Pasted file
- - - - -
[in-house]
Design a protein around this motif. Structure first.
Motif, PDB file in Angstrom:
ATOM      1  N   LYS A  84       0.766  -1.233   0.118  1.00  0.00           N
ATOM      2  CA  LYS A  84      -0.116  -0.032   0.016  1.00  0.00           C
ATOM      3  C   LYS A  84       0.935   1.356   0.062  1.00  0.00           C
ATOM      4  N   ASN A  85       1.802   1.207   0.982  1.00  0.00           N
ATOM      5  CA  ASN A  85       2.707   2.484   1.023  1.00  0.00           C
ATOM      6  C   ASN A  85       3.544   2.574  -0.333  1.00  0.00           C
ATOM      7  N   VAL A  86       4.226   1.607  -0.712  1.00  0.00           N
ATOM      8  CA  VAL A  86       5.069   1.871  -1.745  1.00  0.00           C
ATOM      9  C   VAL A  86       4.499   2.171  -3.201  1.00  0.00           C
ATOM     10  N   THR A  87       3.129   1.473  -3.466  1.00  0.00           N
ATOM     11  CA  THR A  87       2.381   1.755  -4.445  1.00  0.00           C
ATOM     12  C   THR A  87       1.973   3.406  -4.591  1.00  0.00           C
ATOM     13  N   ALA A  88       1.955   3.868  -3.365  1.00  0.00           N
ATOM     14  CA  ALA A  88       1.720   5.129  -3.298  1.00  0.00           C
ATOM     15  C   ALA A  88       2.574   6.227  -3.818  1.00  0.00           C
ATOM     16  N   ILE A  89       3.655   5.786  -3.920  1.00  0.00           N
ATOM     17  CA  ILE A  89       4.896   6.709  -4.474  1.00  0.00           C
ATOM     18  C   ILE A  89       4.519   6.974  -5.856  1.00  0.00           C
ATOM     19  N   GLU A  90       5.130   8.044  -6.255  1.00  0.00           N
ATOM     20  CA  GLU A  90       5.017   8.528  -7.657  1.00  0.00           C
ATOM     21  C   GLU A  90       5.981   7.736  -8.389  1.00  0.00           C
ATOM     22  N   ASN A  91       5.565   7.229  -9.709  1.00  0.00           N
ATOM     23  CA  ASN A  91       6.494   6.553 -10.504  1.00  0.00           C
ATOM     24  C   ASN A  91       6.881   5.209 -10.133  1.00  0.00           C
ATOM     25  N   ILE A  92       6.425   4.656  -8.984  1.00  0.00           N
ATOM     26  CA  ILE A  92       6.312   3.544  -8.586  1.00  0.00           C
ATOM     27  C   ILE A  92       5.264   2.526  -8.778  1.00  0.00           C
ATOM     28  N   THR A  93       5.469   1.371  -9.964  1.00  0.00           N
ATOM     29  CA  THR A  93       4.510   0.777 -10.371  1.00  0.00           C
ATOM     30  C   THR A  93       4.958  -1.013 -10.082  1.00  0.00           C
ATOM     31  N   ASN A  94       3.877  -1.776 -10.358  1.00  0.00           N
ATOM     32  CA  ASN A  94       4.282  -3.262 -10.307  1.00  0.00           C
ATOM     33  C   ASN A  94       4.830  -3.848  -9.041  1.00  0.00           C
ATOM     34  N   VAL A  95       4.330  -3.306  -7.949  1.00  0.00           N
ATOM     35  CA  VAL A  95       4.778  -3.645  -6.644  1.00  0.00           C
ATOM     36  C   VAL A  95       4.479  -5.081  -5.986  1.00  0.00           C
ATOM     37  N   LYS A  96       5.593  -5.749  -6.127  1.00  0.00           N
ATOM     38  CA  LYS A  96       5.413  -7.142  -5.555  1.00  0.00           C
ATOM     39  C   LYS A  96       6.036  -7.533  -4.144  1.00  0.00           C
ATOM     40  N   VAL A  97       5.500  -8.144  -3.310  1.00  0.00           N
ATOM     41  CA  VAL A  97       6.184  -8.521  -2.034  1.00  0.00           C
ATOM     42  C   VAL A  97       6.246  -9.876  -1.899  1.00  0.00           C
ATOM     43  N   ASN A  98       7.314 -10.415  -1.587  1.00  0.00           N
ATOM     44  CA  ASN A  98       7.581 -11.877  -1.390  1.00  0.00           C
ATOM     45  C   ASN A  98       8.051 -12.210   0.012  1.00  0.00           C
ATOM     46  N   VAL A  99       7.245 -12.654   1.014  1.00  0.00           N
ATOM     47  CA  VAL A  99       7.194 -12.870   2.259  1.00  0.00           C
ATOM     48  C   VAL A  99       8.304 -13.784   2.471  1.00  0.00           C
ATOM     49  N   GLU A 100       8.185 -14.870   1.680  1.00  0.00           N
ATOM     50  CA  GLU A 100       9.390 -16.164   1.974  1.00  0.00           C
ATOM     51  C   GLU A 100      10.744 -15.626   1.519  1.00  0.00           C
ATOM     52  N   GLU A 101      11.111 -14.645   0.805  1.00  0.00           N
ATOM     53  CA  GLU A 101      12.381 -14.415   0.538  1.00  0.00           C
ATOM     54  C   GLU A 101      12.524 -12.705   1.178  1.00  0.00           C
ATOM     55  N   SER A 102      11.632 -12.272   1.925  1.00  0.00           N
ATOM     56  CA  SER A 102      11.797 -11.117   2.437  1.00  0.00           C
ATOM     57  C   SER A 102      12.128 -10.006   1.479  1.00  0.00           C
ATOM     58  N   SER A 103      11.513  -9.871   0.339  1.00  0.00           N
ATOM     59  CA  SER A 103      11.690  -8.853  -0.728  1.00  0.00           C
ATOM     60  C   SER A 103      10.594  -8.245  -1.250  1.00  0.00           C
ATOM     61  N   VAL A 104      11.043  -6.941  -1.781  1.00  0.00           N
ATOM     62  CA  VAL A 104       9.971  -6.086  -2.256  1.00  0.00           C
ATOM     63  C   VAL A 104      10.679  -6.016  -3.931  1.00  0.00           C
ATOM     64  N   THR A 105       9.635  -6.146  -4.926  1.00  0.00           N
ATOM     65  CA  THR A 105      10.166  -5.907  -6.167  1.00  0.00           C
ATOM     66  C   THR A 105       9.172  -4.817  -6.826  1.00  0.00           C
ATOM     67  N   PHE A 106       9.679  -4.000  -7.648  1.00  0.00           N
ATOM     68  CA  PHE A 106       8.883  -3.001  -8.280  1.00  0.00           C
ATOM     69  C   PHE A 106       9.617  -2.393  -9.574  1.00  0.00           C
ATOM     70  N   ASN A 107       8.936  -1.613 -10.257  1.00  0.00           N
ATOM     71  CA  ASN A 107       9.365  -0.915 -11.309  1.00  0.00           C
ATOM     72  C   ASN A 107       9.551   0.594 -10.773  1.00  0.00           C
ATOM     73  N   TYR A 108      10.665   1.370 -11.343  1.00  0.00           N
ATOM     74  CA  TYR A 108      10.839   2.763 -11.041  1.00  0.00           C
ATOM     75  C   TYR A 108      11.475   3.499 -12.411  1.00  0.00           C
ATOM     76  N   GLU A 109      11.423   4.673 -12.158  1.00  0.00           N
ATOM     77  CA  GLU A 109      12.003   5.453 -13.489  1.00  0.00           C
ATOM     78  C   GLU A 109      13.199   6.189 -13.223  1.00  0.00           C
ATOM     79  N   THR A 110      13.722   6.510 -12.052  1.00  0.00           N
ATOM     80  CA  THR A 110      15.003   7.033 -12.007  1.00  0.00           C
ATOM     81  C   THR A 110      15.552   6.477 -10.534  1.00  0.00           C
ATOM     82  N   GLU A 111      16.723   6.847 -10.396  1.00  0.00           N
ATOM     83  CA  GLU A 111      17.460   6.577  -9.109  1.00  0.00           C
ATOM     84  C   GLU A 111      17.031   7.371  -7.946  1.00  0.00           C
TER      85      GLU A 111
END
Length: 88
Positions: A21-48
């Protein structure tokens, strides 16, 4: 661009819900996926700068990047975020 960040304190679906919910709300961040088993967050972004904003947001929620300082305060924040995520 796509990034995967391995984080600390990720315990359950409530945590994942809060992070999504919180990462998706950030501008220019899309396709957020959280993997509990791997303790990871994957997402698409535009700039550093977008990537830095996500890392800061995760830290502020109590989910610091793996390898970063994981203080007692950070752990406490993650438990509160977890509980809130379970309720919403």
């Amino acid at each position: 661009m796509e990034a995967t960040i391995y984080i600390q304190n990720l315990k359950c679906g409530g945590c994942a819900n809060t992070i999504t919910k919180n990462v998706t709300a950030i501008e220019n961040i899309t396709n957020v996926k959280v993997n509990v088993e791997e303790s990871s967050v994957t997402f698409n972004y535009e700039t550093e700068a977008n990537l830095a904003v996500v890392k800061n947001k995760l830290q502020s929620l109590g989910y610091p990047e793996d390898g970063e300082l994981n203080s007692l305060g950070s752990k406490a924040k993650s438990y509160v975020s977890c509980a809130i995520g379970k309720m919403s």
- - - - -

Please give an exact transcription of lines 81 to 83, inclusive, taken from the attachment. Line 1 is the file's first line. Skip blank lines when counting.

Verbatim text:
ATOM     78  C   GLU A 109      13.199   6.189 -13.223  1.00  0.00           C
ATOM     79  N   THR A 110      13.722   6.510 -12.052  1.00  0.00           N
ATOM     80  CA  THR A 110      15.003   7.033 -12.007  1.00  0.00           C